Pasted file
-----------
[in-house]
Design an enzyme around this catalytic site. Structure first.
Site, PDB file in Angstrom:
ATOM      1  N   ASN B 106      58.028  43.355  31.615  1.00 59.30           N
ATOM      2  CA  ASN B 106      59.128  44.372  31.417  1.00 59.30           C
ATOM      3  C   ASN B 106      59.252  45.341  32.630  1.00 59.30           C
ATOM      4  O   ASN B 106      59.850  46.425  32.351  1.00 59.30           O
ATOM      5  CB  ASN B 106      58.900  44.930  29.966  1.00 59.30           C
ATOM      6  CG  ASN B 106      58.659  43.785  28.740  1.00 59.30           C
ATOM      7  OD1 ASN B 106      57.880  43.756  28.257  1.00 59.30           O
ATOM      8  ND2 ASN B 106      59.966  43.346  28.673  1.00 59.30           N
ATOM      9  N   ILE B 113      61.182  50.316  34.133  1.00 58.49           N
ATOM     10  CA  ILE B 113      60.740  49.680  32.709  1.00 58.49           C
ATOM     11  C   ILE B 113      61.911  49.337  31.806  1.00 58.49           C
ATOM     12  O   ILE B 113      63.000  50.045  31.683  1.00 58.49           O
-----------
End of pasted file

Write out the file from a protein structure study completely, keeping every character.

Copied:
[in-house]
Design an enzyme around this catalytic site. Structure first.
Site, PDB file in Angstrom:
ATOM      1  N   ASN B 106      58.028  43.355  31.615  1.00 59.30           N
ATOM      2  CA  ASN B 106      59.128  44.372  31.417  1.00 59.30           C
ATOM      3  C   ASN B 106      59.252  45.341  32.630  1.00 59.30           C
ATOM      4  O   ASN B 106      59.850  46.425  32.351  1.00 59.30           O
ATOM      5  CB  ASN B 106      58.900  44.930  29.966  1.00 59.30           C
ATOM      6  CG  ASN B 106      58.659  43.785  28.740  1.00 59.30           C
ATOM      7  OD1 ASN B 106      57.880  43.756  28.257  1.00 59.30           O
ATOM      8  ND2 ASN B 106      59.966  43.346  28.673  1.00 59.30           N
ATOM      9  N   ILE B 113      61.182  50.316  34.133  1.00 58.49           N
ATOM     10  CA  ILE B 113      60.740  49.680  32.709  1.00 58.49           C
ATOM     11  C   ILE B 113      61.911  49.337  31.806  1.00 58.49           C
ATOM     12  O   ILE B 113      63.000  50.045  31.683  1.00 58.49           O